Jason Biggs on The Real Reason His Kids Speak German (Exclusive)

Actor Jason Biggs needs no introduction; after American Pie skyrocketed him to fame, Orange is the New Black sent him on many a prison visit, and his wife hired him a hooker for his birthday (no judgment!), he’s now starring in Fox’s new comedy Outmatched, in which parenting might as well be calculus. And honestly, he pretty much needs no interview, either. In fact, my interview with him this week basically conducted itself; Biggs is so charming and loquacious and such a chill, regular-seeming dude, it wasn’t so much an interview as two (very tired) parents sitting down to complain. We talked shop — parenting shop, that is — from Octonauts to kid travel to Dictator Lunches to his Heluva Good dip mac ‘n’ cheese hack.

It was also perhaps the most reverse-interviewed I’ve ever been by a celeb? Read on to see why.

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Jason Biggs: Amelia! How are you? How’s Silas? He’s four isn’t he? What a great age.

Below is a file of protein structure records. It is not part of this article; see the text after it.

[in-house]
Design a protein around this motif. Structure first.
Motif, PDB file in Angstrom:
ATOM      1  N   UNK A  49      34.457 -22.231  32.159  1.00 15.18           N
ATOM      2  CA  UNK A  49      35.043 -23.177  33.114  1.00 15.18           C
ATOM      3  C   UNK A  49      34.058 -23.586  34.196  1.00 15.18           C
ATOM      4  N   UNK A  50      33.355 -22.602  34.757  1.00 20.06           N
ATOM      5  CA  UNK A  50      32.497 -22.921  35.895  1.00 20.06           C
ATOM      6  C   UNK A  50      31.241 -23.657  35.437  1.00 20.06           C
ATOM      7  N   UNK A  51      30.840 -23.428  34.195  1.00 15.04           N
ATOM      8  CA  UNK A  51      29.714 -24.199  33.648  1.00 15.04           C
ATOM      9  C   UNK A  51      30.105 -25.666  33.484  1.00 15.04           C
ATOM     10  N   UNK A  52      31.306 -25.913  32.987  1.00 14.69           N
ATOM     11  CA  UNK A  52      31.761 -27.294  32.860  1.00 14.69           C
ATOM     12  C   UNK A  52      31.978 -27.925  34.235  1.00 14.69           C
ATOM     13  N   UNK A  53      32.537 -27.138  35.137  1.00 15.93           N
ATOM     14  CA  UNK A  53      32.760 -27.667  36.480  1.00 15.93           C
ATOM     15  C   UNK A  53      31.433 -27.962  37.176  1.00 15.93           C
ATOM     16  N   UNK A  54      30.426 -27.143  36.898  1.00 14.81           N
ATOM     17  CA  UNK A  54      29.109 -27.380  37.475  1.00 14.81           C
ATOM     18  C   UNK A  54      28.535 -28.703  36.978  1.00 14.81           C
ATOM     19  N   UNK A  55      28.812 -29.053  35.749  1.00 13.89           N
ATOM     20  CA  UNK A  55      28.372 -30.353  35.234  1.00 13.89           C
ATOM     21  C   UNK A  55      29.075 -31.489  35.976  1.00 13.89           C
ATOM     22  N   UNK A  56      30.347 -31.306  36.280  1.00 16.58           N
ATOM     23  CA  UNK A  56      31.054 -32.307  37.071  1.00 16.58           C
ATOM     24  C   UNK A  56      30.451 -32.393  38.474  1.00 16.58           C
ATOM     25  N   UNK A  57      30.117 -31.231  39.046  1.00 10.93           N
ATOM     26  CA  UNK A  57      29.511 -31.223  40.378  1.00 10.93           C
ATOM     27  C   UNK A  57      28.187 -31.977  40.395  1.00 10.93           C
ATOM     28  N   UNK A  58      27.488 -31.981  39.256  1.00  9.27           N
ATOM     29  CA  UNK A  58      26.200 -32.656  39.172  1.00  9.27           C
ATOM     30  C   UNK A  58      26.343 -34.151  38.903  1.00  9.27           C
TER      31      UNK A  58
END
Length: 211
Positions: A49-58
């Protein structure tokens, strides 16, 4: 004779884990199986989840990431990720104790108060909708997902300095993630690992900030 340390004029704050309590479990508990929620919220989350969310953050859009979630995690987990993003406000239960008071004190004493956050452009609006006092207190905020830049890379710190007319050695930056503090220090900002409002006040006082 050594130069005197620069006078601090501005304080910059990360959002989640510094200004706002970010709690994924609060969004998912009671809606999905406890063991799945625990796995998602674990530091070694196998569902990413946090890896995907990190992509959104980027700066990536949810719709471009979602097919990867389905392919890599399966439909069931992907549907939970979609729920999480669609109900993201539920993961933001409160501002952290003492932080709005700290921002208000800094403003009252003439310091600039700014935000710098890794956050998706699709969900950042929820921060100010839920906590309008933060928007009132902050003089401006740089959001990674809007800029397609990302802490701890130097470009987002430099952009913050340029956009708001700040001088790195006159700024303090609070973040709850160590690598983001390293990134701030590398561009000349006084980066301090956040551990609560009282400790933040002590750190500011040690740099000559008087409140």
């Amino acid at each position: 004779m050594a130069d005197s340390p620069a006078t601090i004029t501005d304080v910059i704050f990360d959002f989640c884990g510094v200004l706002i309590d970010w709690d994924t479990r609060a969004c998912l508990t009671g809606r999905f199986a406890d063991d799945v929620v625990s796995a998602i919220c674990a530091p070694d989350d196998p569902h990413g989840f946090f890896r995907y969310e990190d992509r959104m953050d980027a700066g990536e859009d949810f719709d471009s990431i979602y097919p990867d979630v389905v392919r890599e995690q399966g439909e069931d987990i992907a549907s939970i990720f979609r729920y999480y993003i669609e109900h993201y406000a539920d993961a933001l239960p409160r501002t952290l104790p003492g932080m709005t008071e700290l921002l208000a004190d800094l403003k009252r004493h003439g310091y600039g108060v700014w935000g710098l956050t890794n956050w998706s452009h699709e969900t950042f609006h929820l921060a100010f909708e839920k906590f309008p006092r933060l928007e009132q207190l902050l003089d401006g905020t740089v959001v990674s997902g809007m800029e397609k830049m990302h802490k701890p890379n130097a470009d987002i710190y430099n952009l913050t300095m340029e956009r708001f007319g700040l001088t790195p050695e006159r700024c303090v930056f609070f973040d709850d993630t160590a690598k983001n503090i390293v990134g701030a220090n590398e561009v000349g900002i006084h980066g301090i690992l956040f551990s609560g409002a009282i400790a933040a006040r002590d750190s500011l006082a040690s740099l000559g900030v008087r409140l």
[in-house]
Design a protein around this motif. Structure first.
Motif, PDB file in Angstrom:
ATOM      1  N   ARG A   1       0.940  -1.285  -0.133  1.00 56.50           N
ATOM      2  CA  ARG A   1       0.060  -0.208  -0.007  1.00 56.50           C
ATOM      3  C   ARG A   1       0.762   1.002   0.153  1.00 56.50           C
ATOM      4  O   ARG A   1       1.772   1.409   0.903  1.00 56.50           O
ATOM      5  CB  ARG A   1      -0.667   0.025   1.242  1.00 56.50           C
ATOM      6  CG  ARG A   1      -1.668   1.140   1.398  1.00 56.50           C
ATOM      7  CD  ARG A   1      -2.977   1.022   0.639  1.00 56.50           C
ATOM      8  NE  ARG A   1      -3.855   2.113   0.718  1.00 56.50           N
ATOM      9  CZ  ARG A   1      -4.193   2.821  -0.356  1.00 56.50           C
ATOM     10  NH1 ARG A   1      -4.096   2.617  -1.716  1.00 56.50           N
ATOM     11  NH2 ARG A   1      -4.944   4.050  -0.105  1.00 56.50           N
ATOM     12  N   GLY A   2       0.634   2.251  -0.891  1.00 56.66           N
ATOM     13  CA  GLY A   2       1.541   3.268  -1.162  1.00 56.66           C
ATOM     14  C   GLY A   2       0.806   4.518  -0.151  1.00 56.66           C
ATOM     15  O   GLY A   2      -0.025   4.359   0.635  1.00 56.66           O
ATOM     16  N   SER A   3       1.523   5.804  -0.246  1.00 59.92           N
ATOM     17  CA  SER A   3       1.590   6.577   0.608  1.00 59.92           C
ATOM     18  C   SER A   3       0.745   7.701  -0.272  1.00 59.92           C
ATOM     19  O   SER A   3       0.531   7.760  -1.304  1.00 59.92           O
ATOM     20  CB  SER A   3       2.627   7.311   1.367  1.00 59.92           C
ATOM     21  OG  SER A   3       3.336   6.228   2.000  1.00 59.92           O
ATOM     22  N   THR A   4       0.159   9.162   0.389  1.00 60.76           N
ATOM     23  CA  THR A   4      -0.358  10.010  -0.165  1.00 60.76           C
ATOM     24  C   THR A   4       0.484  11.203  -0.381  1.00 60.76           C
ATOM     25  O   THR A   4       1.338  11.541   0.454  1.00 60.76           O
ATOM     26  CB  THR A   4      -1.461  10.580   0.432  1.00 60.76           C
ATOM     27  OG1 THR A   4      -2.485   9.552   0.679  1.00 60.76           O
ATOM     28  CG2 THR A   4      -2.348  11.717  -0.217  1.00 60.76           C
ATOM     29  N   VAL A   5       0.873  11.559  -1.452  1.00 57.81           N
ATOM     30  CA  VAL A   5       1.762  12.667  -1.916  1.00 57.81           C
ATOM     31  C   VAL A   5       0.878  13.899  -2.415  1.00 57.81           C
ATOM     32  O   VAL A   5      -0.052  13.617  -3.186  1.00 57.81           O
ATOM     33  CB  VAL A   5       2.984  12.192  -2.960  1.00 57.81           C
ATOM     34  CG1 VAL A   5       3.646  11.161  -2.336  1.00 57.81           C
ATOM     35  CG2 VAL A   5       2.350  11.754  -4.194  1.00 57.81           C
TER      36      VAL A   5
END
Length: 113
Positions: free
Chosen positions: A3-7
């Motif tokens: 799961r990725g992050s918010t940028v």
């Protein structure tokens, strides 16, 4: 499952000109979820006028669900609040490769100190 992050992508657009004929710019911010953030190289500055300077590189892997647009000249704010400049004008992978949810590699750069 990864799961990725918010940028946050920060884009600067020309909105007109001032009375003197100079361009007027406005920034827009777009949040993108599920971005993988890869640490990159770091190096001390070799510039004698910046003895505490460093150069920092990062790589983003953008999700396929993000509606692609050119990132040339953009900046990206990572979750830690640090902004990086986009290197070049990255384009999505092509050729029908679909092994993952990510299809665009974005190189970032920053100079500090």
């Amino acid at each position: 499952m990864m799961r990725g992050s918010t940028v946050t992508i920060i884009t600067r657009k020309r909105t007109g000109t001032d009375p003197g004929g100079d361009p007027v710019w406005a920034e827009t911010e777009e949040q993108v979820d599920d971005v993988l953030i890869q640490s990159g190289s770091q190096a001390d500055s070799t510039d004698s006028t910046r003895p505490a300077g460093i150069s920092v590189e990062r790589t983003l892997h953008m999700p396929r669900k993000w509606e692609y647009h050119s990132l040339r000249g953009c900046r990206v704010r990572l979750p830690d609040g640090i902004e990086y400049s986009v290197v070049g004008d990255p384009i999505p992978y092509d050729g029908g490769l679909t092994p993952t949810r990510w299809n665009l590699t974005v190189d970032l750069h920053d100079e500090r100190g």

SK: Ummm…yes he is and yes it is, how did you know?!

JB: I’m an internet sleuth.

SK: You really are! My son is doing well, thank you, and he’s in the other room watching Octonauts on Netflix.

JB: OCTONAUTS! We love Octonauts. Man. You know, I have a 6-year-old and a 2-year-old, and the 6-year-old, his fourth birthday was Octonauts-themed. There was a Professor Inkling cake! My wife and I, we scuba-dive, and I’ve always been fascinated with that stuff, underwater creatures. I looooove Octonauts.

SK: Oh my god my son would have died. An Inkling cake? I feel like as soon as he turned 2 and I let him start watching anything, he’s asked me for Octonauts literally 2x per day. Did you guys wait until age 2 for cartoons too, like the docs say? No judgment if you didn’t!

JB: I feel like at 2 years old is when it can finally hold their attention. Like we just now did the iPad for our little guy on our last trip that we went on, and it was great; it was a godsend. He watched a whole movie, which is insane. But you know, age 2 is insane.

SK: Oh I remember. The iPad on the plane makes such a difference. Where did you guys travel on that trip?

JB: The last trip was to Austria. We went to the mountains over Christmas and New Year’s — it was so beautiful. My wife and the two boys all speak German, which I know is super random. Jenny [Mollen, actor-author-Lunch Dictator and Bigg’s wife] is not German, but she studied in Heidelberg, and had a boyfriend for awhile there who didn’t speak any English. So she came back and was fluent but had nobody to speak it to…until we had kids. Our sons both went to German schools and have German nannies; they’re fluent. We try to go there once or twice a year — Germany or Austria — and I love it. It’s my favorite place to be; for me, it’s heaven.

SK: Did you learn German at all? Via osmosis/proximity?